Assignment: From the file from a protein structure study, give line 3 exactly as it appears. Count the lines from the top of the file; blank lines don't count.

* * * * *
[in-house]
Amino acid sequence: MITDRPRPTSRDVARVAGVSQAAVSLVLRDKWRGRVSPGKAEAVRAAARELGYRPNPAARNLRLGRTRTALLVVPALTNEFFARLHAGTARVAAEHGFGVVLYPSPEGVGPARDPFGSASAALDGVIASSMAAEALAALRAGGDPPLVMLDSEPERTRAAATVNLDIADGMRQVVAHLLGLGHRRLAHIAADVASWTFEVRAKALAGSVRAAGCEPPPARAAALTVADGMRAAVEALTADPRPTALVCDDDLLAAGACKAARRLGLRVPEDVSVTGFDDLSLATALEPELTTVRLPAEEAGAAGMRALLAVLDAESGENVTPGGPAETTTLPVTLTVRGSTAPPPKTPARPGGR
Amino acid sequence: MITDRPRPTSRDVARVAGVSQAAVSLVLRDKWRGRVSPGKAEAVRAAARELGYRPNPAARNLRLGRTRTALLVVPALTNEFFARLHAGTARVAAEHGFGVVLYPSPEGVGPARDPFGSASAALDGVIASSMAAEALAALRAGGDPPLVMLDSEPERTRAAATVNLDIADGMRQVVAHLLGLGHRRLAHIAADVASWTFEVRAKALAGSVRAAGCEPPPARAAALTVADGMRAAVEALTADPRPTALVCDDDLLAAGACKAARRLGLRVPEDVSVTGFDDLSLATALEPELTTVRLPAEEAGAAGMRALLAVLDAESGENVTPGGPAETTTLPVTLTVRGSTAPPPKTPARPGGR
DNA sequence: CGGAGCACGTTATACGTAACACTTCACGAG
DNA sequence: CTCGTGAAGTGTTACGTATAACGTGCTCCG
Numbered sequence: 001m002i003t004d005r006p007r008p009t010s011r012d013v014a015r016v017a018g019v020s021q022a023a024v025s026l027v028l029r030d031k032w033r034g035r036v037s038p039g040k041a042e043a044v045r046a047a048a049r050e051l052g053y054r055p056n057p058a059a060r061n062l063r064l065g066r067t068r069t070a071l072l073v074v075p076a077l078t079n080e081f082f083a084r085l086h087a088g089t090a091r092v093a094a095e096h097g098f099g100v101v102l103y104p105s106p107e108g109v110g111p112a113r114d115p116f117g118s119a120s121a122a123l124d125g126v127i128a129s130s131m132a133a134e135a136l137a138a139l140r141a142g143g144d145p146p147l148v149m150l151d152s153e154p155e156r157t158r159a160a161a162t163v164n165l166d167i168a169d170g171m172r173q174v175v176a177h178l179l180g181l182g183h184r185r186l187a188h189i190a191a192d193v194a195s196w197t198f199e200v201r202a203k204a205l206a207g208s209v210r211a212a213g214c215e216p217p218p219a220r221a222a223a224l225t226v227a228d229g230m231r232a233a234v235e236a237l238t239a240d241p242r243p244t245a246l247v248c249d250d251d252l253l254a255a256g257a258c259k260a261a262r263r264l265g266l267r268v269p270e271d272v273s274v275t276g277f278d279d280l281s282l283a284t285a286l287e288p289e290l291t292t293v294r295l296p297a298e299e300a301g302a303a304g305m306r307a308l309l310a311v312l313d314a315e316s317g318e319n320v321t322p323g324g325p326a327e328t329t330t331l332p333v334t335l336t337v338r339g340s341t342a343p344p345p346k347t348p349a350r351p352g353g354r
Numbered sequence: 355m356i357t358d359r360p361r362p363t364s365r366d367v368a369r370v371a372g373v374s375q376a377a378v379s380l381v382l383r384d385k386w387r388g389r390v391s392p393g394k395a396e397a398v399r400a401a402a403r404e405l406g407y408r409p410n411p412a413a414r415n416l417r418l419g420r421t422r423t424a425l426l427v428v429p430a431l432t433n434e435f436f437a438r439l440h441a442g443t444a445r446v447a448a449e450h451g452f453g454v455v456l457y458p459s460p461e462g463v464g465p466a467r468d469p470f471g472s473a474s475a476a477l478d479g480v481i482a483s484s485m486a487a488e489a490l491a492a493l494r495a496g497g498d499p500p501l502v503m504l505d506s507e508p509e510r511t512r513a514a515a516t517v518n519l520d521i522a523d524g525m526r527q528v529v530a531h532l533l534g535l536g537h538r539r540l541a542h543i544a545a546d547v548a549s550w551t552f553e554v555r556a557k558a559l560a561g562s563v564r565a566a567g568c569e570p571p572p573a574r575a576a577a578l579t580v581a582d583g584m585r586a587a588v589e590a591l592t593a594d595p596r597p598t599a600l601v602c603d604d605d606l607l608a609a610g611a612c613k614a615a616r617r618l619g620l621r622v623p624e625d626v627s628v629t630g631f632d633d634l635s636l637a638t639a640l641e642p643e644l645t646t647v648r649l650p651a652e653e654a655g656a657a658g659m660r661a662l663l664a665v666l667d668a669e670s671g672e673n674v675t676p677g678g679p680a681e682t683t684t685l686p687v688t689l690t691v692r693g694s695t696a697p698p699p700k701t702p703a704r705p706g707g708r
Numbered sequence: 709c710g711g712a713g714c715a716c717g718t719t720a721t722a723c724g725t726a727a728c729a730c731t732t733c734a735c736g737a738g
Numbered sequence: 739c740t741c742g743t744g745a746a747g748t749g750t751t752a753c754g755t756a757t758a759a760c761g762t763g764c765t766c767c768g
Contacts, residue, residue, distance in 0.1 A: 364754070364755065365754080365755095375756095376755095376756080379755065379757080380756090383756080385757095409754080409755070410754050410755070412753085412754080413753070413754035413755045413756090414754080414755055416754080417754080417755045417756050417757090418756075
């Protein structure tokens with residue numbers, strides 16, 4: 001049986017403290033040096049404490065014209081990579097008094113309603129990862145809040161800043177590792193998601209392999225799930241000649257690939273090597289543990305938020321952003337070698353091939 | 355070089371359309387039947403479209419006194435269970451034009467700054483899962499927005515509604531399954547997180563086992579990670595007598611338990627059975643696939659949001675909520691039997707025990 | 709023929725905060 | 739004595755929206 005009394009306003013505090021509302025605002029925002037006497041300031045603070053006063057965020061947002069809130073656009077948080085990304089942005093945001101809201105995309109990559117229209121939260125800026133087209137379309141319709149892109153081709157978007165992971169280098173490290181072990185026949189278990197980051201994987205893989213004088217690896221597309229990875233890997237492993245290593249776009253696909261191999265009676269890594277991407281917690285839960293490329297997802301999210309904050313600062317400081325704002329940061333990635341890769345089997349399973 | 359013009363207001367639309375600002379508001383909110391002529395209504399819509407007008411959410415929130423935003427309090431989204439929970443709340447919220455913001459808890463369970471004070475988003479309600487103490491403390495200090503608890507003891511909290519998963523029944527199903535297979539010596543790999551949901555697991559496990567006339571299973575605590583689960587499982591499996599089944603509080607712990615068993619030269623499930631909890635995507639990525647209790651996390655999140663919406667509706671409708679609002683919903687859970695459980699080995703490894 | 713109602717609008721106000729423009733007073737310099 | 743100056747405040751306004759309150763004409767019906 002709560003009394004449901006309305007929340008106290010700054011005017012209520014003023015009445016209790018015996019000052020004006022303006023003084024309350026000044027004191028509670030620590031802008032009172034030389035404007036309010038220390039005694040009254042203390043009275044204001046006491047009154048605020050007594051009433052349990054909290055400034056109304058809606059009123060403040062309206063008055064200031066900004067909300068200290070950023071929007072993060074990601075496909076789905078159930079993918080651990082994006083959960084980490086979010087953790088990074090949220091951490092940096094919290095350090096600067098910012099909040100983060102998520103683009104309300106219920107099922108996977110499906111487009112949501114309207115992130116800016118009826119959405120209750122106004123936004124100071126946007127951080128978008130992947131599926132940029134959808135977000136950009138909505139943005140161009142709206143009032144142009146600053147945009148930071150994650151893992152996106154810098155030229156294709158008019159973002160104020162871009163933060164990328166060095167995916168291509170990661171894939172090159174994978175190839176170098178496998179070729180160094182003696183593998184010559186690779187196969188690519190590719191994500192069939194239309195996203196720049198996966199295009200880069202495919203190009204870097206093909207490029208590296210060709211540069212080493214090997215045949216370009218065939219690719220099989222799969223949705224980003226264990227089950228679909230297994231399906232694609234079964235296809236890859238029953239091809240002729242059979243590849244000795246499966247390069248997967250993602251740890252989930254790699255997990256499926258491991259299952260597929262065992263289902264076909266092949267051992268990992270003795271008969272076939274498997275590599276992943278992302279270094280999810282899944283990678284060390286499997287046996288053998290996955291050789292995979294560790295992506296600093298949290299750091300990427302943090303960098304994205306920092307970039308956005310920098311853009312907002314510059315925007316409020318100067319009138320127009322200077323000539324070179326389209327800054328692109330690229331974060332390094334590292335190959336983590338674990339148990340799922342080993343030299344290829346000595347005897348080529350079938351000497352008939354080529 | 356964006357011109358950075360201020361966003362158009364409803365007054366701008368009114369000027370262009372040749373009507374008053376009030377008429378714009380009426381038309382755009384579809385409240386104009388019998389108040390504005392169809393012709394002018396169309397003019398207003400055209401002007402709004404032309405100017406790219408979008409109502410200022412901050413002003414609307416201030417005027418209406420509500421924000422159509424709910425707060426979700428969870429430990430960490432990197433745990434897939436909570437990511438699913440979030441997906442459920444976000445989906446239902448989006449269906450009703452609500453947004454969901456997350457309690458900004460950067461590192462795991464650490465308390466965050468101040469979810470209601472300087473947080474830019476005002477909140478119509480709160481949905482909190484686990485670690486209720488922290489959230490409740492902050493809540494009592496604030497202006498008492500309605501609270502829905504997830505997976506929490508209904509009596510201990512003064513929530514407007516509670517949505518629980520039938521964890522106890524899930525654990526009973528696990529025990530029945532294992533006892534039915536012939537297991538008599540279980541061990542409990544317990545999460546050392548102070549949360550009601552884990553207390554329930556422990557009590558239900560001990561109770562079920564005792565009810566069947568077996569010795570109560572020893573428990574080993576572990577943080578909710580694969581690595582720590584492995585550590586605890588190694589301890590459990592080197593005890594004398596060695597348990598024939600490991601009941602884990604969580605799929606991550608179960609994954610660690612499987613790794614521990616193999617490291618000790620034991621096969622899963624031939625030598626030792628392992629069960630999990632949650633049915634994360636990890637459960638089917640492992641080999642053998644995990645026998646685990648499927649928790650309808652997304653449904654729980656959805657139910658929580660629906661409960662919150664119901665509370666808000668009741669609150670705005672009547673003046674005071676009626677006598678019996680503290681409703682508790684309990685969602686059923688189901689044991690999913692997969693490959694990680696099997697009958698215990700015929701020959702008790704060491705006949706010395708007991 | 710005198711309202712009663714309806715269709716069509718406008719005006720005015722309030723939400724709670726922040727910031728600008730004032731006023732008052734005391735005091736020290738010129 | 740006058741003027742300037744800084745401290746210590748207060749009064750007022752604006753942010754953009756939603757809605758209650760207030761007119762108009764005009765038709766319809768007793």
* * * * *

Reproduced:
Amino acid sequence: MITDRPRPTSRDVARVAGVSQAAVSLVLRDKWRGRVSPGKAEAVRAAARELGYRPNPAARNLRLGRTRTALLVVPALTNEFFARLHAGTARVAAEHGFGVVLYPSPEGVGPARDPFGSASAALDGVIASSMAAEALAALRAGGDPPLVMLDSEPERTRAAATVNLDIADGMRQVVAHLLGLGHRRLAHIAADVASWTFEVRAKALAGSVRAAGCEPPPARAAALTVADGMRAAVEALTADPRPTALVCDDDLLAAGACKAARRLGLRVPEDVSVTGFDDLSLATALEPELTTVRLPAEEAGAAGMRALLAVLDAESGENVTPGGPAETTTLPVTLTVRGSTAPPPKTPARPGGR